We had a great time in Austin with our beautiful grandchildren for Easter. Altogether, the trip was a nice break, but seemed to pass too quickly. It IS good to get away from here.
Now, back in Lagos, life very quickly returns to routine, and not so routine. We got back to our apartment around 9:30 PM Tuesday and by shortly after 11 everything was unpacked and stashed somewhere. The next morning Brent was at work and I was off to my book group. Today I had a full day planned with my Bible Study group, a short stop with my Thursday card group before I left early for an opportunity to hear from a Nigerian author who was speaking at a friend's African literature book group. I was looking forward to this opportunity, but it was not to be. My driver had seemed to know where he was going after I gave him the directions, but we couldn't find the right neighborhood and in an attempt to backtrack while avoiding the go-slow blocking the busy road, he took a "road" (even despite my shouting "oh, no, this way doesn't look good...") that ended up as a sandy quagmire for our little Toyota. Four-wheel drive vehicles were passing us easily, but we were surrounded by some young men who offered to help us for a small "contribution." At first my driver tried to free us on his own and then called for help, but we determined that the fastest way to get unstuck was to enlist the aid of these young men.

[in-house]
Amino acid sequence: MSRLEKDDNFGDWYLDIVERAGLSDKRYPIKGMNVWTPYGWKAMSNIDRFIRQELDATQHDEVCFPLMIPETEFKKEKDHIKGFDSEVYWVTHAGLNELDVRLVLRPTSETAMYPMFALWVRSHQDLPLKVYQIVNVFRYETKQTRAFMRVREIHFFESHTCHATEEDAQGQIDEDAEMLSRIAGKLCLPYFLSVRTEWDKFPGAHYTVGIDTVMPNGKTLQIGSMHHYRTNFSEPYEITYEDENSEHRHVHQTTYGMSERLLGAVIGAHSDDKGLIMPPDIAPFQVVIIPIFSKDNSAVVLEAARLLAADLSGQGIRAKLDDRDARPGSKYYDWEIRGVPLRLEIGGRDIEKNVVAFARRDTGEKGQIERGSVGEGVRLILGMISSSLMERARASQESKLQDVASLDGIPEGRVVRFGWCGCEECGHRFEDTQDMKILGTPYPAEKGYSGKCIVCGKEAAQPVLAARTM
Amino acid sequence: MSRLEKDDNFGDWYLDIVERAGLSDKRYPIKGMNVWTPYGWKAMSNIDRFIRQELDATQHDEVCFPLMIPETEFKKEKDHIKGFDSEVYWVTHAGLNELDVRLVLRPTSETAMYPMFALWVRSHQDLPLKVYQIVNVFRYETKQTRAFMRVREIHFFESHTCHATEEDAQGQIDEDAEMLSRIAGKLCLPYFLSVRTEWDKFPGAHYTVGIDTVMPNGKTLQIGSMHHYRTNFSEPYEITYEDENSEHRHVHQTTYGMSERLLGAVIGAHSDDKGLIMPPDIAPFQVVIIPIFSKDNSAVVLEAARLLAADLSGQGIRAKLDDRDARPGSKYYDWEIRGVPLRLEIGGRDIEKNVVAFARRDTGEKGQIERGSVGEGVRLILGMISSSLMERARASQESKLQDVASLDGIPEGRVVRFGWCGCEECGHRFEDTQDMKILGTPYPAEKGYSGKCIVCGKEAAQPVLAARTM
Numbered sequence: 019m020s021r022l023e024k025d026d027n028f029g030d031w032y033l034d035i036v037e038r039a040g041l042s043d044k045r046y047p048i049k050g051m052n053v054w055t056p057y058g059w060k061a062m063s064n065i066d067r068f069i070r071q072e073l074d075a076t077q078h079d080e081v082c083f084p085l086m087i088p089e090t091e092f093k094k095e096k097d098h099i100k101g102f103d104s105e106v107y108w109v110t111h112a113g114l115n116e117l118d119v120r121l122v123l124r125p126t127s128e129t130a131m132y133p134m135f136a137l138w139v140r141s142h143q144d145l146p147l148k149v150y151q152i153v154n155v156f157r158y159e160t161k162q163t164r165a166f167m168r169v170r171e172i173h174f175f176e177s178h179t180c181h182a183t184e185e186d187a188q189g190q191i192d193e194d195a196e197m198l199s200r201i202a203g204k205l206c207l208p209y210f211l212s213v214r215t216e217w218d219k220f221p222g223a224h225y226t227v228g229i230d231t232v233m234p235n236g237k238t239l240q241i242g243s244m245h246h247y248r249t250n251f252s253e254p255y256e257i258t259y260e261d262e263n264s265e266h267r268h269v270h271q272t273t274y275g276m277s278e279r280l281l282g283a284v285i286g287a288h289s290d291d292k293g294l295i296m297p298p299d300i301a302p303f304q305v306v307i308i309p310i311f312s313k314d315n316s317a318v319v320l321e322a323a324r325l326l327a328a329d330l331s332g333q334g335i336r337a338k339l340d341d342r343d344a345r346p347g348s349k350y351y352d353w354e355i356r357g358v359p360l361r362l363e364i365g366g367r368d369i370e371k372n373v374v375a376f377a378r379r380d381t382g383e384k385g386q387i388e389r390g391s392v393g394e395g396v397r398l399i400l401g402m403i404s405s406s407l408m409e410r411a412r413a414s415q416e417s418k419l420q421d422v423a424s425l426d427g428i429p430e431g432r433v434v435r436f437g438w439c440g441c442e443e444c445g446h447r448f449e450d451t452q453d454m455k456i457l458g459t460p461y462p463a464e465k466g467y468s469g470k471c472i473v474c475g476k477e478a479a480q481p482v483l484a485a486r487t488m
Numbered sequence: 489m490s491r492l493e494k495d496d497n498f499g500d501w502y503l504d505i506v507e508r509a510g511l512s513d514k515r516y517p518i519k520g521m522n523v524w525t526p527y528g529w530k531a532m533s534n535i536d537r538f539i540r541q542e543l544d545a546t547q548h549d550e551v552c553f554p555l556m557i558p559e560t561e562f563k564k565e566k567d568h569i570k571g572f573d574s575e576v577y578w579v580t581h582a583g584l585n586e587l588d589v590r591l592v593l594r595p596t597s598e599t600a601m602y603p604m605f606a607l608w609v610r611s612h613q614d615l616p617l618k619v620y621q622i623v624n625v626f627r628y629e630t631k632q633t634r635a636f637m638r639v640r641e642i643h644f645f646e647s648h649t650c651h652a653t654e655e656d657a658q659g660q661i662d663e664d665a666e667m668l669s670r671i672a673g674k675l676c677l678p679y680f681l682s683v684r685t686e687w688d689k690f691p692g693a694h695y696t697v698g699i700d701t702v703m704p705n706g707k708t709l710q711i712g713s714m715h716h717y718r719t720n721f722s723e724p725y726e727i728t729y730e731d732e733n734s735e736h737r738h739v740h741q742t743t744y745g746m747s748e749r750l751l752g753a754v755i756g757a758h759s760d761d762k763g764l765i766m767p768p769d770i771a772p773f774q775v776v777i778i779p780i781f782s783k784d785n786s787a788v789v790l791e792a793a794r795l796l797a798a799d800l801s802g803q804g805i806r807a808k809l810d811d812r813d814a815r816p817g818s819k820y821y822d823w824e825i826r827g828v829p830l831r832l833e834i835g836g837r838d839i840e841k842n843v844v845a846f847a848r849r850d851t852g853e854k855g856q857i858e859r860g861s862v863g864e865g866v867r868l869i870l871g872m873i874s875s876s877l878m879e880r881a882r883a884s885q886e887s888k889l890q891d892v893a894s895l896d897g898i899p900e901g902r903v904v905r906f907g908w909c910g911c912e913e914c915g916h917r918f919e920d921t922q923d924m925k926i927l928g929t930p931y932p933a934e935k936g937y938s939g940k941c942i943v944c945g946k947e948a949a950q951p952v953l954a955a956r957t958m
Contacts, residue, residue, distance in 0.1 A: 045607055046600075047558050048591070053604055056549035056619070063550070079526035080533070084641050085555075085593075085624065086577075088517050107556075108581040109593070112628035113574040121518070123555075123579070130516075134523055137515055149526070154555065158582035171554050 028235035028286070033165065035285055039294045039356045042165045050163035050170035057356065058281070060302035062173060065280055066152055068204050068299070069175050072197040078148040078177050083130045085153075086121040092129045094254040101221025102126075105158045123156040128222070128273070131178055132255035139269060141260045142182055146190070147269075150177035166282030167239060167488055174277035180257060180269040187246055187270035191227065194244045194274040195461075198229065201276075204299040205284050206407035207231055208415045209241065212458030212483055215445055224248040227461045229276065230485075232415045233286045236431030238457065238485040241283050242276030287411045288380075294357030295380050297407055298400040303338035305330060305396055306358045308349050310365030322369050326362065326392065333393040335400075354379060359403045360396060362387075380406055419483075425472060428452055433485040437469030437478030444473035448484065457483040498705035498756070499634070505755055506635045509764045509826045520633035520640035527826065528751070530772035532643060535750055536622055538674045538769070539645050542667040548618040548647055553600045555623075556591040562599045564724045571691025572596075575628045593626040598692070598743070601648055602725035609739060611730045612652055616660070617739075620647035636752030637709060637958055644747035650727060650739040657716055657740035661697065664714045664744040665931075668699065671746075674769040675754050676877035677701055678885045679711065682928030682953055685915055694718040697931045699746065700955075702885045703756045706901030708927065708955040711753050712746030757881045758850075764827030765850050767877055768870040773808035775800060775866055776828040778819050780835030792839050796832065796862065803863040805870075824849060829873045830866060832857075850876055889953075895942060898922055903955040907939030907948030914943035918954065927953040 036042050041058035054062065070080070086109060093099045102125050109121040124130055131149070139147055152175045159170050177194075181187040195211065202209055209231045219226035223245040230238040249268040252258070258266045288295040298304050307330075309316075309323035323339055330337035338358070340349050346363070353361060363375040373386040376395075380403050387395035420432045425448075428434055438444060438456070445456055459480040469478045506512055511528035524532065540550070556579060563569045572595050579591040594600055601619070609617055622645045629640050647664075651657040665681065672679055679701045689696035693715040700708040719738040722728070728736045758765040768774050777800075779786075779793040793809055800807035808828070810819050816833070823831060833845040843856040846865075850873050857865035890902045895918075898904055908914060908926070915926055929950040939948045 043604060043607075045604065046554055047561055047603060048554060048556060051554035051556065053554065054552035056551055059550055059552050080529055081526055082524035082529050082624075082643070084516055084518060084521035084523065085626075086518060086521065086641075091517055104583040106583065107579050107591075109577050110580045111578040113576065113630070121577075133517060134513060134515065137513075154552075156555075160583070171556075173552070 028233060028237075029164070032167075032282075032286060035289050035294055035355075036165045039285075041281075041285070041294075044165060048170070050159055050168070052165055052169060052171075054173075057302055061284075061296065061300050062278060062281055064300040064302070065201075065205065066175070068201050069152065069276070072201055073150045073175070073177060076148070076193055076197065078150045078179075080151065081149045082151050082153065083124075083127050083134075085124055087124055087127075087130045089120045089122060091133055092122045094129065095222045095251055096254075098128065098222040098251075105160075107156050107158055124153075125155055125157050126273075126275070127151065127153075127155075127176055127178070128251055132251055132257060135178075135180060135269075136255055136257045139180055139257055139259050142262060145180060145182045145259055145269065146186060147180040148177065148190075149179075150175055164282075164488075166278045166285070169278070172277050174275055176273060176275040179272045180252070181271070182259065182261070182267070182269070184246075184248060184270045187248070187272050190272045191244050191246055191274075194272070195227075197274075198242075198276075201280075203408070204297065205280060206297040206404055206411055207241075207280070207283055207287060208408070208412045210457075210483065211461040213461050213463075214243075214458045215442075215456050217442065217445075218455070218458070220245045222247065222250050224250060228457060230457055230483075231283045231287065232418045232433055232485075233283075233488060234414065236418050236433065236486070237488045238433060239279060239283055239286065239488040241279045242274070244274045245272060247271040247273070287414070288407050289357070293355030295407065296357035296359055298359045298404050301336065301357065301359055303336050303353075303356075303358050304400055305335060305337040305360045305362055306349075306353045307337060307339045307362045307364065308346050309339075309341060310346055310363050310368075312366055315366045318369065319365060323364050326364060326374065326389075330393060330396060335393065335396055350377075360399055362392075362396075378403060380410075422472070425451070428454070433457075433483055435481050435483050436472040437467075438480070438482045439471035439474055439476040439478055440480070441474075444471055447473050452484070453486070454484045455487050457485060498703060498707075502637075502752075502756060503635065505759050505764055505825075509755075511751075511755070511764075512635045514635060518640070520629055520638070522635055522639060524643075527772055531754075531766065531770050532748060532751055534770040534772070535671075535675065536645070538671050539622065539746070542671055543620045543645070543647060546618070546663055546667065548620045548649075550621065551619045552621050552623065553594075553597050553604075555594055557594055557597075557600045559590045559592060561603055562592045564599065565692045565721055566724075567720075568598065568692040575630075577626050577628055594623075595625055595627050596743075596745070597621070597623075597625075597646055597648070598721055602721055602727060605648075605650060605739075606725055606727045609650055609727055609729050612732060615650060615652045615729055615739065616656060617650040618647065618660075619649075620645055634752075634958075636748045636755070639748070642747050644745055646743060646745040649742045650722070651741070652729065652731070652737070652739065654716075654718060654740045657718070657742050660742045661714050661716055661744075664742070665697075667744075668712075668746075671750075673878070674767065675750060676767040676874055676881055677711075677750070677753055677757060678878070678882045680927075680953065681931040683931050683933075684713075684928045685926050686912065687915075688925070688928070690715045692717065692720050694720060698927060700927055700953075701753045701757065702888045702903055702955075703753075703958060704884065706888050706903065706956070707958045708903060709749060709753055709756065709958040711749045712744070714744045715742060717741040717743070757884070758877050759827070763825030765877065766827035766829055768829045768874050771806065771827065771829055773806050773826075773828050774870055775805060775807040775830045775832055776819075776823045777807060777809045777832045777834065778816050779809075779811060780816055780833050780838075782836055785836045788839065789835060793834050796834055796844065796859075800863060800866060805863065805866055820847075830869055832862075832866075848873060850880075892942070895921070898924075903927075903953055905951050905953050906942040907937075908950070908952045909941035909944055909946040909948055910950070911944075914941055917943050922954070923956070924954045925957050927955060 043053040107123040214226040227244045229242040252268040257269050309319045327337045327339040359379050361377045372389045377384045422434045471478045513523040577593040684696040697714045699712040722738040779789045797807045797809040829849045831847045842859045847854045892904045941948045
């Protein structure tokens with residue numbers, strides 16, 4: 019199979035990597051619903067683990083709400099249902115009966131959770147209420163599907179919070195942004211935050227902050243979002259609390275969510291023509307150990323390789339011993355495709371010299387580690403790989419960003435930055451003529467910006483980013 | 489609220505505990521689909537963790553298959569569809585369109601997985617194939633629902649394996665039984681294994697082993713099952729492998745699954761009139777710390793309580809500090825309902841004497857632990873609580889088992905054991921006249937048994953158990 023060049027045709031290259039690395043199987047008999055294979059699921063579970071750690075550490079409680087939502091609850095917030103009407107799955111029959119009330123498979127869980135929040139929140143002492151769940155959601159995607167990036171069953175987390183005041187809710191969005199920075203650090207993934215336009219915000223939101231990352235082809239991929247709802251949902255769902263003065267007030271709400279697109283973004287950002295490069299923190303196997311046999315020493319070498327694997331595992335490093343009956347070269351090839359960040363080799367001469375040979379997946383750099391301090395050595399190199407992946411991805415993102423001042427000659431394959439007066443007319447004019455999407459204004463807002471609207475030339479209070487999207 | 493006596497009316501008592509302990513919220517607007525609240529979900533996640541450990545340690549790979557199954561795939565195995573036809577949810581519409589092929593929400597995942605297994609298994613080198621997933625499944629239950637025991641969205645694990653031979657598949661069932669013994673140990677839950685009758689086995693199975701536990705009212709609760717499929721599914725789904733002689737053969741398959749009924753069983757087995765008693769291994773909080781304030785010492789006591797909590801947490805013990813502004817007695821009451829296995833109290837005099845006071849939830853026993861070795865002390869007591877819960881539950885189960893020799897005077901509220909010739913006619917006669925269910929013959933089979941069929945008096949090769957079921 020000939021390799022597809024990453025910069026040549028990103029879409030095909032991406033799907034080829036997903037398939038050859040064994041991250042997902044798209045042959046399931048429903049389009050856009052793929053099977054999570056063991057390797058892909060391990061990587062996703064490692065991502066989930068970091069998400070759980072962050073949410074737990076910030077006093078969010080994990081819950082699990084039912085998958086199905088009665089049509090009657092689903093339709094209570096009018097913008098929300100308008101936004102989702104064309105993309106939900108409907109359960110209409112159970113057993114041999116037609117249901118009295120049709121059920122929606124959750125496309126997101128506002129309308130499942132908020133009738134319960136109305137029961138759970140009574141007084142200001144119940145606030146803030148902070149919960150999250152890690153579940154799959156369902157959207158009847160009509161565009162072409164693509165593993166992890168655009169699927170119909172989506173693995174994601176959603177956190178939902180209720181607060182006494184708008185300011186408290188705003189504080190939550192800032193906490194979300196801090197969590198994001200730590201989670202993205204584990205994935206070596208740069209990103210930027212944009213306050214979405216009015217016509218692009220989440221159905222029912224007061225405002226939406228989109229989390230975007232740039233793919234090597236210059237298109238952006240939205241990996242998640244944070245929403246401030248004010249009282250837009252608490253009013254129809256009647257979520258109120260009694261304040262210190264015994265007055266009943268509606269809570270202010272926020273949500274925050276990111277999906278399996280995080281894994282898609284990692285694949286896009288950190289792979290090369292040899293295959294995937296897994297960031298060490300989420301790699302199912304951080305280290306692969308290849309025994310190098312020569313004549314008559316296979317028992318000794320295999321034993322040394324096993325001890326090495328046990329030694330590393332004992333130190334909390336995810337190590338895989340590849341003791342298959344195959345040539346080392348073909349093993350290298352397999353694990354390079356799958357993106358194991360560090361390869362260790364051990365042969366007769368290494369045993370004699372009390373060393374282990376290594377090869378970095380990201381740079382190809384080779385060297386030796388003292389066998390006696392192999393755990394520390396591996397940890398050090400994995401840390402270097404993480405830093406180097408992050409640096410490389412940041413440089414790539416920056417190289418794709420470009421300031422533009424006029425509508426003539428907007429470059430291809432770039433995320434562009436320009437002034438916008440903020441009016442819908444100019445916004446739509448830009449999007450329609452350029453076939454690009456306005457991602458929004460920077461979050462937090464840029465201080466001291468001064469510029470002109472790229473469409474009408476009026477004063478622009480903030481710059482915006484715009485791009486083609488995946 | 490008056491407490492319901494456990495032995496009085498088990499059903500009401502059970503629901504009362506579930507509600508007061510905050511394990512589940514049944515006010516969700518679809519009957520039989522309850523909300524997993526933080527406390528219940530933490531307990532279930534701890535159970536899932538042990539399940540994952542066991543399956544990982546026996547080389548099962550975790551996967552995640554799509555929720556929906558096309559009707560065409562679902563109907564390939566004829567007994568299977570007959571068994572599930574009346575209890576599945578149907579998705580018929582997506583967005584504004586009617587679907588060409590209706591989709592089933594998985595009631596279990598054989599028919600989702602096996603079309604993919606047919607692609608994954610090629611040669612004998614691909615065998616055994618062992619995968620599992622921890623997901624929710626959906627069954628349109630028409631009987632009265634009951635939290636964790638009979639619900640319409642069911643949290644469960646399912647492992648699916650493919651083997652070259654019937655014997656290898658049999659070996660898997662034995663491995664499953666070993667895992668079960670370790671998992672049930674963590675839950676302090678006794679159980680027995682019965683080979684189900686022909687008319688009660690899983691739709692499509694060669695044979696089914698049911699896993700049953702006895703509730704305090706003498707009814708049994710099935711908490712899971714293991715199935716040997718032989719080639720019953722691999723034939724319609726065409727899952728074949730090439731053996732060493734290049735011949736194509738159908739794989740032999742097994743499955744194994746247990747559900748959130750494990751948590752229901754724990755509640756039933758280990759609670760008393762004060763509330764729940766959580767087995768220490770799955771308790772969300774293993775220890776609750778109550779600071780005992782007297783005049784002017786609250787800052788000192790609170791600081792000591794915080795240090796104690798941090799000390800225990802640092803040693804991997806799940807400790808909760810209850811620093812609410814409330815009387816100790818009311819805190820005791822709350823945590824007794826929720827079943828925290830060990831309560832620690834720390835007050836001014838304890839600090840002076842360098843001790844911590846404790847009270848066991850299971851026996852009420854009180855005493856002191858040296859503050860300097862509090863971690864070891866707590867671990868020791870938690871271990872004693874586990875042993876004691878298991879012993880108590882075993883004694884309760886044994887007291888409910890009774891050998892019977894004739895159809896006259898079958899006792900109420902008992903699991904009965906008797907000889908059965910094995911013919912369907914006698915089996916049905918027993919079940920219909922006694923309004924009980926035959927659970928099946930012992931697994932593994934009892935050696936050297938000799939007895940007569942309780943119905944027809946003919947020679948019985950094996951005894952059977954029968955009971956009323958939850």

I was worried at first, but we were lucky that they had no malicious intent, but were simply there to capitalize on an earning opportunity. So, after acquiring quite an appreciative audience -- a family who lived in a shack beside this sandy cut-off between two paved roads with a couple of attractive and cleanly dressed young children and a beautiful totally naked 1-year old baby boy. They preferred to not be photographed, but they were friendly and smiling through the whole adventure and reassured me that I wouldn't come to harm. After negotiating their fee, the boys got quickly to work lifting and pushing boards under the tires and we were soon free of the sand for the low price of 2000 Naira (about $17, but a year ago it would have been closer to $14. The inflated price is courtesy of the US financial crisis -- I can't set blame for that on these boys). I gave up on hearing the author lecture today, but I was able to add a new experience to my ever increasing list of adventures in Nigeria.